- If you do find yourself looking at the story while we're considering it, and you see a typo or two, or even a clunky sentence or two, just don't worry about it. Like most editors, we would never reject a story on the basis of a couple of typos. That kind of thing just isn't a big deal. (If there are dozens of typos, that's more of a problem—but if there are a multitude of big mistakes, you should try to find them before submitting.)
- Give the system a chance to work. Let the editors be the judge of the story. If it doesn't match our tastes, the worst that'll happen is that we'll send you a polite rejection note. (And then you can revise it to your heart's content before you send it elsewhere.) We won't mock you or blacklist you. If we say no to this story, you can send us another one, and we might say yes to that one. You career doesn't depend on our buying this particular story.
By the way, there've been times when authors have told us that they've done a thorough and total revision of a story, a complete rewrite—and then I've done a document comparison and found that the revision amounts to a few typo corrections, a character name change, one or two paragraphs cut and another one or two added, and a few phrasing improvements. So although I know this isn't universally true, I think that authors often believe that the changes they're making from one draft to another are much bigger changes than an objective reader would consider them to be.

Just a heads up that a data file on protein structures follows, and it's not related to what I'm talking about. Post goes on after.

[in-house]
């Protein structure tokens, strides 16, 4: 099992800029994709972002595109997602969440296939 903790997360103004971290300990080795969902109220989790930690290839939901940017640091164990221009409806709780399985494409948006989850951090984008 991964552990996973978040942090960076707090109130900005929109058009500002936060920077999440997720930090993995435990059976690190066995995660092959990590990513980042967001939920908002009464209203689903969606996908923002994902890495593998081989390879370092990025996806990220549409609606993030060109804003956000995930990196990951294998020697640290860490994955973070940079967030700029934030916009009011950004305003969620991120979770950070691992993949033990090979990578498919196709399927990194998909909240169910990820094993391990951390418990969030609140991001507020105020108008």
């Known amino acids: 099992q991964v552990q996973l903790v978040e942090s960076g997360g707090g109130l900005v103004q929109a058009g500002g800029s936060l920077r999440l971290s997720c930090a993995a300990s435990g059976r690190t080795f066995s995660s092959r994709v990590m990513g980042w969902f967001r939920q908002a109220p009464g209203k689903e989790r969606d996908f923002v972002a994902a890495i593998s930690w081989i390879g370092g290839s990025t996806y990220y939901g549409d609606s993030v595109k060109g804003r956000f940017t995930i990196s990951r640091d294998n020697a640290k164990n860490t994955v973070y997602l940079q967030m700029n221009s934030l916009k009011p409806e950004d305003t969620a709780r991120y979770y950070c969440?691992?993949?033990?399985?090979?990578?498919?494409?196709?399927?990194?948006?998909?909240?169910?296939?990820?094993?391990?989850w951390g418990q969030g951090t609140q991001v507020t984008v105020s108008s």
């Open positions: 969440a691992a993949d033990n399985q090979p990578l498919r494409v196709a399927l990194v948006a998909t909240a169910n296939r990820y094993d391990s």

Anyway. I should reiterate that I do sympathize with authors who find themselves in this position. But I strongly recommend that you do your best to avoid finding yourself in this position.
And as always, even if you're furious at us about this policy, it cannot have any positive consequences for you to complain to us about it. It's not a perfect policy; we usually strive to be author-friendly, and this is not a very author-friendly policy. But the volume of withdrawals that we've been getting lately (especially withdrawals of stories that we've already read and decided on but haven't responded to yet) makes it impractical for us to be more flexible about this.
(I posted a different version of this on my personal blog in 2009. We've been getting a lot of withdrawals lately, so I decided it was time to write an updated and more focused version for the SH fiction blog.)